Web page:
Vancouver council considers lower property tax hike than 8.2 per cent

City staff presents tax hike scenarios of five, six and seven per cent

Vancouver city council now has an idea of what it can cut and spend if it chooses next week to decrease a proposed property tax hike of 8.2 per cent for 2020.

City staff presented additional property tax hike scenarios Wednesday for council to consider on what will be lost or gained if a tax increase was set at five, six or seven per cent.

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Two scenarios were provided for the six per cent scenario.

Council requested the scenarios Tuesday after it referred debate and decision on the $1.6 billion budget to Dec. 17. The request was clear that the scenario with the lowest hike be no less than five per cent.

The scenarios are based on what property tax pays for and doesn’t include fees and other revenue to the city. The scenarios are not an absolute prescription for council to base its final decision, but a guide.

Highlights of what a seven per cent tax hike means:

A reduction of $9 million from proposed budget.

• Overall delay in hiring new employees by two months.

That includes delays in hiring 30 firefighters and 25 police officers, along with 15 staff between the two departments.

City-wide plan work reduced from $5.5 million to $4 million.

Scale back additional street cleaning by half.

• Delay seismic upgrade funding for firehall number 12 by three months into the new year.

• Reduce “innovation fund,” which paid for such items as city’s participation in Women Deliver 2019 conference.

• Increase parking meter revenue, which could include raising the cost to park and the installation of new meters in the city.

• Remove additional $1 million in funding to address Oppenheimer Park homeless camp next year, which park board announced this week is working to get an injunction to clear the park.

Highlights of what a six per cent tax hike means (scenario A):

• A reduction of $17 million from the proposed budget.

• Delaying the hiring of police officers and firefighters by two months.

• Hold vacancies in the engineering department.

• Defer some capital projects.

• Increase parking meter revenue.

• Reduce storm and snow reserve fund.

• Eliminate innovation fund.

• No additional funding to address homeless encampment in Oppenheimer Park.

• No funding for additional street cleaning.

• Reduce special events funding.

• Funding for energy retrofit incentives to building owners reduced by $1 million.

• No extra library hours, reduction in branch hours if delay in hiring staff.

• Free swim lesson program deferred to future years.

• No improvements to washroom and building maintenance services, including more frequent cleaning.

• A reduction in funding for city work on heritage and reconciliation, and anti-Black racism.

• No administrative support for park board commissioners.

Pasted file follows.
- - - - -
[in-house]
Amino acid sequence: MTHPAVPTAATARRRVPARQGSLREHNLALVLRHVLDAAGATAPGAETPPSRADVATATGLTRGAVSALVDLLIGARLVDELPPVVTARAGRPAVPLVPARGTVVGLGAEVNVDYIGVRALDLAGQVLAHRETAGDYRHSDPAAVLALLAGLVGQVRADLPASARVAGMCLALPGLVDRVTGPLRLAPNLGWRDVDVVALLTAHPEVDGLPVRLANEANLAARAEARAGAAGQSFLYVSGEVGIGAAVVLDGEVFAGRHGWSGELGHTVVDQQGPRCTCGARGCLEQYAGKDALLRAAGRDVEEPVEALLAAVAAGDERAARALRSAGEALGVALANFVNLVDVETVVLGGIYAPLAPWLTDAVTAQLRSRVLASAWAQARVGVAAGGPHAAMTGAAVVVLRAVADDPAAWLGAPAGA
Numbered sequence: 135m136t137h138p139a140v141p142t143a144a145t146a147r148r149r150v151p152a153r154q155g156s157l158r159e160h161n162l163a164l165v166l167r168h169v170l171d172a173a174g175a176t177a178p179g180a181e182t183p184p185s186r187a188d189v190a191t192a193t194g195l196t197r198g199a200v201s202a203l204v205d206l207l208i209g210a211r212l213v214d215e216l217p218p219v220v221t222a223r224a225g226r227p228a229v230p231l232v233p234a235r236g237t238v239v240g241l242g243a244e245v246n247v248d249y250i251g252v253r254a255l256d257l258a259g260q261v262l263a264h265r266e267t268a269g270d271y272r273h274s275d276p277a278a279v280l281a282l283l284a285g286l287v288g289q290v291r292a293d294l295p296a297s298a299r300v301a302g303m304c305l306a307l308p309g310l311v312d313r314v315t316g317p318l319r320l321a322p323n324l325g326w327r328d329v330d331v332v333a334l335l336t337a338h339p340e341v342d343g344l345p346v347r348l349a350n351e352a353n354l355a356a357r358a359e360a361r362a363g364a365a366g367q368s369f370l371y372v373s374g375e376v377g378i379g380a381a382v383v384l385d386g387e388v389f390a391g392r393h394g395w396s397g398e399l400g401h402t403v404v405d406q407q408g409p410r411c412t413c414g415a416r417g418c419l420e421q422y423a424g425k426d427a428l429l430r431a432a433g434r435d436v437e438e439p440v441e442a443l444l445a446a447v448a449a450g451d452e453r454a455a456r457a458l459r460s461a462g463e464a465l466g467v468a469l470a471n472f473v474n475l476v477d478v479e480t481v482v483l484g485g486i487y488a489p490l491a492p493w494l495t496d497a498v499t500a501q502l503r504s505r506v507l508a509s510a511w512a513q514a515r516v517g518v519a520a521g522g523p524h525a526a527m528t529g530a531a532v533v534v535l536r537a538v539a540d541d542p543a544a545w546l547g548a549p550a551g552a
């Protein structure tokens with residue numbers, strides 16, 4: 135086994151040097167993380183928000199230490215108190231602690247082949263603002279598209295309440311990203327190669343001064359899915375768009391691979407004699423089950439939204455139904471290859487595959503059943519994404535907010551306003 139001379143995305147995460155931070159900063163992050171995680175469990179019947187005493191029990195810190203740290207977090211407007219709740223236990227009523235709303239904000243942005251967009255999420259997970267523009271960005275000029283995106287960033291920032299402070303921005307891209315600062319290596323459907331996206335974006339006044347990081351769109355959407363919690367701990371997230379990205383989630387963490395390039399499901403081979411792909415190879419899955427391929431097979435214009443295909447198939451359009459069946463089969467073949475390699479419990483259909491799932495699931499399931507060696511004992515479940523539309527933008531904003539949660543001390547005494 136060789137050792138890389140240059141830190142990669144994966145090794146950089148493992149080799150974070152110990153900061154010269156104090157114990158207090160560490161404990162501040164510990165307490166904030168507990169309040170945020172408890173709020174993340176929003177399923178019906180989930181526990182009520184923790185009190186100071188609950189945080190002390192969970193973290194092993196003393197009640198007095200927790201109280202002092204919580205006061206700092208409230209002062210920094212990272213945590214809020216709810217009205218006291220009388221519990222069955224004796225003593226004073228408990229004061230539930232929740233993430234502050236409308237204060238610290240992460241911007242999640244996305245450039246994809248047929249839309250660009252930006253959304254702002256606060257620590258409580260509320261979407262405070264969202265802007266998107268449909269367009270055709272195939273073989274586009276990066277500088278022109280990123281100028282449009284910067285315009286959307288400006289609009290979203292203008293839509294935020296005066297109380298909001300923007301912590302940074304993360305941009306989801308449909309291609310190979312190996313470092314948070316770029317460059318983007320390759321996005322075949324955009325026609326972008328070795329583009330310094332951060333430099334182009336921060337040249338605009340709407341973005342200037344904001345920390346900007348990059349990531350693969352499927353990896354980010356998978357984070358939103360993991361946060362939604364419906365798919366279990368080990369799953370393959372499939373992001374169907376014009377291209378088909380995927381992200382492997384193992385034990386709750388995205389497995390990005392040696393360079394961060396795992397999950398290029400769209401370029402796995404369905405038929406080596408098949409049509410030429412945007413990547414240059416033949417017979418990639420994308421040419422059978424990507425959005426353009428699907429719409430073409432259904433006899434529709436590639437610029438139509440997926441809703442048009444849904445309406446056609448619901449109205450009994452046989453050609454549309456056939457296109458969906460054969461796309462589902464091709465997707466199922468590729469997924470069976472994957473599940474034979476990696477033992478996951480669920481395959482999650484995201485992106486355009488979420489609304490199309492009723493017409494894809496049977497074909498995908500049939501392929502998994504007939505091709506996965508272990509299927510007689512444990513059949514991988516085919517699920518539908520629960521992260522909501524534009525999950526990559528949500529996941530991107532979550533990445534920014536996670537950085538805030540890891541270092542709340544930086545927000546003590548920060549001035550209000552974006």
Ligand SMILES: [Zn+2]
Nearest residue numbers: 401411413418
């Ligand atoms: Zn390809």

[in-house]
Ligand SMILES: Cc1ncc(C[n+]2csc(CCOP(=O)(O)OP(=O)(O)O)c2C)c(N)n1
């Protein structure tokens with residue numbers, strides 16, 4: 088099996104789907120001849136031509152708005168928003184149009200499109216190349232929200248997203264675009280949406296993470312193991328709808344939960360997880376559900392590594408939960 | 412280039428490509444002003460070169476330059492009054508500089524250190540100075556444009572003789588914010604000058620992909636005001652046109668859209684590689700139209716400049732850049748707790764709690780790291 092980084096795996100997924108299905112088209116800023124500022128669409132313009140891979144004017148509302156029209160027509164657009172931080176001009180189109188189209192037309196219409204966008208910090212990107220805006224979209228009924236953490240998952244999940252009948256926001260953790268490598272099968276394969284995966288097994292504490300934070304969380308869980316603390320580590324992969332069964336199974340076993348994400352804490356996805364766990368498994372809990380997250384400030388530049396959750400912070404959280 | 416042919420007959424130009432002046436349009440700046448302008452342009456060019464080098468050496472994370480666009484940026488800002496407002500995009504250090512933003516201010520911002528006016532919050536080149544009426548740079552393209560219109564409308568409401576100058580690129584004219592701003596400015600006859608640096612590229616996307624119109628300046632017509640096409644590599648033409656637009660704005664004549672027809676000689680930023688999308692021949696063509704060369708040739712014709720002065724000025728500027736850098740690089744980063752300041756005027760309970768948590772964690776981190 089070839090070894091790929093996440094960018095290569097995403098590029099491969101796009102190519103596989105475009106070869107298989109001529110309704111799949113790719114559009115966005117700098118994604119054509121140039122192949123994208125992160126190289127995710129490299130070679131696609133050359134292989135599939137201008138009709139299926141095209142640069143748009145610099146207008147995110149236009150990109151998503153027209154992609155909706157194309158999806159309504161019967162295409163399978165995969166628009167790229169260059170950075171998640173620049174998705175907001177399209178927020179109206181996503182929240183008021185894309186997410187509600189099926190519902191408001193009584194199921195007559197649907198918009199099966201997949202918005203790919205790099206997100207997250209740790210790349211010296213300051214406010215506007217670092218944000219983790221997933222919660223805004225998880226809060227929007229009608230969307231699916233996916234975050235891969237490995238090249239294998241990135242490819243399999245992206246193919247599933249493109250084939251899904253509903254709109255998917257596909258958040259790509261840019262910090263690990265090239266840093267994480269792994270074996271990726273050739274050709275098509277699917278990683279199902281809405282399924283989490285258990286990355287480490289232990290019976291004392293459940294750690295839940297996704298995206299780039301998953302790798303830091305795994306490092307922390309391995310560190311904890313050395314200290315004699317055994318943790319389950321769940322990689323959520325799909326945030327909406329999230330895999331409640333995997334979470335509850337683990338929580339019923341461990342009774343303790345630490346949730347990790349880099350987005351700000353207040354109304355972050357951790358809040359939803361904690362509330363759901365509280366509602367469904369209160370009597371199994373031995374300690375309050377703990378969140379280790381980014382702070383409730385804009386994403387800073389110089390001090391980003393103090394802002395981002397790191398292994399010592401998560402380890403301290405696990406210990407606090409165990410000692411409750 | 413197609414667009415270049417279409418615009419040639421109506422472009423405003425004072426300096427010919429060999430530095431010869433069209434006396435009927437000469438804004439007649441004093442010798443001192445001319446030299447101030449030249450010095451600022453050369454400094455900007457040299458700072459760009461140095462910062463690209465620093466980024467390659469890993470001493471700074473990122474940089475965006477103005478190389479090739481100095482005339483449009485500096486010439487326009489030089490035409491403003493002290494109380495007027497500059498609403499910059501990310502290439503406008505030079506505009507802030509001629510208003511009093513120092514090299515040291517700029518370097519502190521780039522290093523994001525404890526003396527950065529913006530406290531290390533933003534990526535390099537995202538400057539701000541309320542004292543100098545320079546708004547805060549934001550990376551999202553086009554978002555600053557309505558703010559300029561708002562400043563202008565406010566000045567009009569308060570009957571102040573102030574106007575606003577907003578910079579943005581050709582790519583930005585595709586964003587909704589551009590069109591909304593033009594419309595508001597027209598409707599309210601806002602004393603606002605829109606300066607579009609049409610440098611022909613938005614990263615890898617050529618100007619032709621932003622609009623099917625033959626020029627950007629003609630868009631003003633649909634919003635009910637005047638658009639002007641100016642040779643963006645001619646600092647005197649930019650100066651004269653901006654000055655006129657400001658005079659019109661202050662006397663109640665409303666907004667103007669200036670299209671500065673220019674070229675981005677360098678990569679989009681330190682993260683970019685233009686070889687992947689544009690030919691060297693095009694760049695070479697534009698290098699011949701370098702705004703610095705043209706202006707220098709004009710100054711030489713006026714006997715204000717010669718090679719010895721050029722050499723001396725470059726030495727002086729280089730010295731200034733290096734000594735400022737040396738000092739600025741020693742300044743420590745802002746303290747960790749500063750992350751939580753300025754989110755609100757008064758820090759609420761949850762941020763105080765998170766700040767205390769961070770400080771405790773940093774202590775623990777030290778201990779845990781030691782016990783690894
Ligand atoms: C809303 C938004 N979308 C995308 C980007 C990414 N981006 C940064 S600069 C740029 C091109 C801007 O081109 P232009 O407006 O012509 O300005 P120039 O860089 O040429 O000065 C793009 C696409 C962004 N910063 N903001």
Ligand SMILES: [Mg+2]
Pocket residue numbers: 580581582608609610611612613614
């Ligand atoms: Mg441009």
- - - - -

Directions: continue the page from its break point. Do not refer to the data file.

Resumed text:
• Reduce discretionary spending.

Highlights of what a six per cent tax hike means (scenario B):

A reduction of $17 million from the proposed budget.

• Cutting approximately half of firefighters and police officers requested by each department to be hired in 2020.

• Hold vacancies in the engineering department.

• Defer capital projects.

• Increase parking meter revenue by $1.1 million.

• Reduce storm and snow reserve fund.

• Eliminate innovation fund.

• No additional funding to address homeless encampment in Oppenheimer Park.

• No funding for additional street cleaning.

• Reduce funding for community policing centres.

• Removing or “descoping” of proposed work related to poverty reduction, diversity and equity.

• Reductions to the city’s work on heritage and reconciliation, anti-Black racism, an apology to the South Asian community for historical wrongs and an urban Indigenous healing and wellness grant.

Highlights of what a five per cent tax hike means:

• A reduction of $25 million from proposed budget.

• Cutting approximately half of firefighters and police officers requested by each department to be hired in 2020.

• Increasing parking meter revenue by $1.1 million.

• No extra library hours and reductions to branch hours.

• No funding for additional street cleaning.

• Reduce storm and snow reserve fund.

• Fund city-wide, “CultureShift” and climate change plans at reduced levels.

• Free swim lesson program deferred to future years.

• No improvements to washroom and building maintenance services, including more frequent cleaning.

• No additional funding to community policing centres.

• Reduce climate change work from $6 million to $3 million.

• Reduce work in Chinatown related to its economy.

• All recommended programs and initiatives related to the city’s social issues and diversity section be removed. That includes poverty reduction work and deferring all work on discrimination and anti-racism.

• No funding for additional street cleaning.

• Reduce special events funding.

• Deferring some capital projects.

• Reduce innovation fund.

• Don’t hire heritage planner.

Council will reconvene Dec. 17 at 9:30 a.m. to decide on which property tax increase will be in place for 2020. Whatever the increase, it doesn’t include the increases to sewer, water and solid waste fees.

mhowell@vancourier.com

@Howellings

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